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Happy Birthday, D.C. Cherry Trees!

March 26, 2012 /
Yukio Ozaki Tidal Basin

The cherry trees are blooming, and Washington is now celebrating a very special event: the centennial of its first trees donated by Japan. On March 27, 2012, First Lady Helen Taft stood by the Tidal Basin and planted the first of 3,000 flowering cherry trees sent from the mayor of Tokyo. The Japanese ambassador’s wife planted the second one. Eliza Scidmore, one of the few people present that day, watched her dream come true after nearly three decades. Read my article about it at National Geographic’s “News Watch.”

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Cherry Tree Planting in March 1912 Shaped Public Face of Washington, D.C.

March 26, 2012 /
Helen Taft motoring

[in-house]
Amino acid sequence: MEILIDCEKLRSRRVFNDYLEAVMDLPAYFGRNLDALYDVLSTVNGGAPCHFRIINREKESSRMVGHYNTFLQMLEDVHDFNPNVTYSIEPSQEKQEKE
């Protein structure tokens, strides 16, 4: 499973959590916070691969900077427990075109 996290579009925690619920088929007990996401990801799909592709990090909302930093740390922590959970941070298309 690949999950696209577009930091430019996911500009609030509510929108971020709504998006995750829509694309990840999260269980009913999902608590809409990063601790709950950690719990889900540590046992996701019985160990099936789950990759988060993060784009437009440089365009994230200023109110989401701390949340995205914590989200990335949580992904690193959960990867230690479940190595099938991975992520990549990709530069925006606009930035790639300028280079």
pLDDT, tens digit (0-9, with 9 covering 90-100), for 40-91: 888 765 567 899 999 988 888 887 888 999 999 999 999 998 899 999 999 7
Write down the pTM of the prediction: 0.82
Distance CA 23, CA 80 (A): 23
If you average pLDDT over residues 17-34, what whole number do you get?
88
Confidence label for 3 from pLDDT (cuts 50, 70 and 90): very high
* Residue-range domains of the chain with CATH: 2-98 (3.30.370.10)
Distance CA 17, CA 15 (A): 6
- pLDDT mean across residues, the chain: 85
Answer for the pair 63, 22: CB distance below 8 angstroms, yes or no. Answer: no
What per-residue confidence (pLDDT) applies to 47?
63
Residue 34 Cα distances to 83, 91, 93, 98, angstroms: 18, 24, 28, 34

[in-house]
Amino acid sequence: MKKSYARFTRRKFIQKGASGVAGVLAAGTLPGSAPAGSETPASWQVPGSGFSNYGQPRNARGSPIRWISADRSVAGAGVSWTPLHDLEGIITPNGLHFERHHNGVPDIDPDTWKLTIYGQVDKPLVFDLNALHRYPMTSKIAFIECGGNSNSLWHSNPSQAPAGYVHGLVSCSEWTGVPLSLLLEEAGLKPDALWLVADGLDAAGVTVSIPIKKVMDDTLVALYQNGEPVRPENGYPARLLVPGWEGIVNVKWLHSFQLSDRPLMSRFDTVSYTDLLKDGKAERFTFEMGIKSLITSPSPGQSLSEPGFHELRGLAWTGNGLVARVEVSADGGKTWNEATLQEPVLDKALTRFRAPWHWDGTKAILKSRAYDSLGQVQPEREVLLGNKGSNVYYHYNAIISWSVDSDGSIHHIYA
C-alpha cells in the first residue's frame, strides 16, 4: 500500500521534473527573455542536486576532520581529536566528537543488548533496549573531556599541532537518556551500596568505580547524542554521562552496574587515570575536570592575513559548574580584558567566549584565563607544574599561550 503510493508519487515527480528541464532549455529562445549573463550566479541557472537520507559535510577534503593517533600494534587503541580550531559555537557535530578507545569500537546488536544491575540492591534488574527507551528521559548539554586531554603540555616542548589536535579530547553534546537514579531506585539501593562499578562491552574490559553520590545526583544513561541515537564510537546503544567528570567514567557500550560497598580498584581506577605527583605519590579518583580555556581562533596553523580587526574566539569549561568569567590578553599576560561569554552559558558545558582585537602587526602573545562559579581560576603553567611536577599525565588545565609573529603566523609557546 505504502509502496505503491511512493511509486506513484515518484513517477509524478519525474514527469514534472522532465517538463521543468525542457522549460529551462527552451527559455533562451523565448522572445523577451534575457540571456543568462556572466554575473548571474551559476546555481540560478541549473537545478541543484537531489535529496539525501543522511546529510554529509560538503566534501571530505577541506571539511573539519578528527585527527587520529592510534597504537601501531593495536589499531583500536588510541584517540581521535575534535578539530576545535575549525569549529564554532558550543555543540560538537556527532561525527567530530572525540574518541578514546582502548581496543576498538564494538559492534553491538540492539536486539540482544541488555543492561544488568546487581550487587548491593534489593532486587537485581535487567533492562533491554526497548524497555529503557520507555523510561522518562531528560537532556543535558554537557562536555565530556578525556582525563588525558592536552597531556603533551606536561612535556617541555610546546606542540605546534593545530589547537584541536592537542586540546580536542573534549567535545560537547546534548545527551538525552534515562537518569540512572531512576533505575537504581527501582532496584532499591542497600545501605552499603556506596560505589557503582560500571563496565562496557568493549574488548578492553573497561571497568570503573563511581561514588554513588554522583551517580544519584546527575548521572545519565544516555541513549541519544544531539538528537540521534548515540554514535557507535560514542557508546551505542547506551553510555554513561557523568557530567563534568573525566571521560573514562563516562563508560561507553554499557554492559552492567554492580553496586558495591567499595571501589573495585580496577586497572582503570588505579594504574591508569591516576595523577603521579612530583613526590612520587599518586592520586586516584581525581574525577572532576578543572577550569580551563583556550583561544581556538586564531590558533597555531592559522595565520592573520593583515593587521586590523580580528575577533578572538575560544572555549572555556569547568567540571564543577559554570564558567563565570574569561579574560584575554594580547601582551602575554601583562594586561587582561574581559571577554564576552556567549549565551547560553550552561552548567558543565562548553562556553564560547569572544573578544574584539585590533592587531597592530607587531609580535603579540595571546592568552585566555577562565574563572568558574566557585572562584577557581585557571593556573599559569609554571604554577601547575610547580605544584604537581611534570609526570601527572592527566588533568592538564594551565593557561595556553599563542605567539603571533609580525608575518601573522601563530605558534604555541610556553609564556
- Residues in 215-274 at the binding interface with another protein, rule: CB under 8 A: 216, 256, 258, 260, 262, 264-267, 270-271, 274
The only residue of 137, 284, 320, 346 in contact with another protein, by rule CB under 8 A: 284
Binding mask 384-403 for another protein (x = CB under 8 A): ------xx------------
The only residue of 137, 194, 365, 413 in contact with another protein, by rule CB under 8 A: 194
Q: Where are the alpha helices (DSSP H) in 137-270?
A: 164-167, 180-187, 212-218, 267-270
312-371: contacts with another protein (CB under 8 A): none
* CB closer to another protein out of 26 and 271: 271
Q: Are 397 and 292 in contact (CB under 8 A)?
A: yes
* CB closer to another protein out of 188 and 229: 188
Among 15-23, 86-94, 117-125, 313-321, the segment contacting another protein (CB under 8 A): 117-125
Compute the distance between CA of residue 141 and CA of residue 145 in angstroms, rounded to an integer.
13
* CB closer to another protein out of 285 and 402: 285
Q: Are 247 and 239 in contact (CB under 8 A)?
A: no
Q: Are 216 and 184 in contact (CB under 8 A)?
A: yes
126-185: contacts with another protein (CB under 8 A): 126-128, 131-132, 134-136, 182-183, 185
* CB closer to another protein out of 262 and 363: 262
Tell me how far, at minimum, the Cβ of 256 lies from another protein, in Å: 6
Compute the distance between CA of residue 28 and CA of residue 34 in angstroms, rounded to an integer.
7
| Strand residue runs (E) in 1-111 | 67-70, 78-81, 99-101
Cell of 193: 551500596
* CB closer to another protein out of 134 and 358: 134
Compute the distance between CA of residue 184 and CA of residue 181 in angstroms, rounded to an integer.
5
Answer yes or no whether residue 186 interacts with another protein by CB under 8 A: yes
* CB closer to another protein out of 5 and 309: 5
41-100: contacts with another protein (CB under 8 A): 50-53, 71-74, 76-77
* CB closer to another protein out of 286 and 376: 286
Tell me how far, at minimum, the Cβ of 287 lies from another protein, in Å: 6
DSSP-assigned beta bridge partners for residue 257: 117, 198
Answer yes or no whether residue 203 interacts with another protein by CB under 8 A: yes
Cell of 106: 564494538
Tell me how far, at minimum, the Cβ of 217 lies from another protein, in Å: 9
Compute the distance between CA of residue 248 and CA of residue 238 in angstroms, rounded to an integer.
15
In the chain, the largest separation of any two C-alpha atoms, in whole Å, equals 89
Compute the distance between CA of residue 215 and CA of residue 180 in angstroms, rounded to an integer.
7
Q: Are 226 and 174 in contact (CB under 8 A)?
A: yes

From NATIONAL GEOGRAPHIC SOCIETY NEWSROOM Originally posted March 26, 2012, on National Geographic Voices Blog (Under the transition to Disney partnership in 2020, National Geographic removed previous blog content by contributors. The article below is copied as it appeared on the site.) The cherry trees are blooming in Washington. Tuesday, March 27, 2012, marks 100 years since First Lady Helen Taft and the Japanese ambassador’s wife, Viscountess Iwa Chinda, planted the first two trees. No photographs of the event exist, and newspaper accounts were sketchy. But historical records offer a picture of what happened that day and how it came…

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Quoted as ‘Scidmore Scholar’ by Washington Post

March 14, 2012 /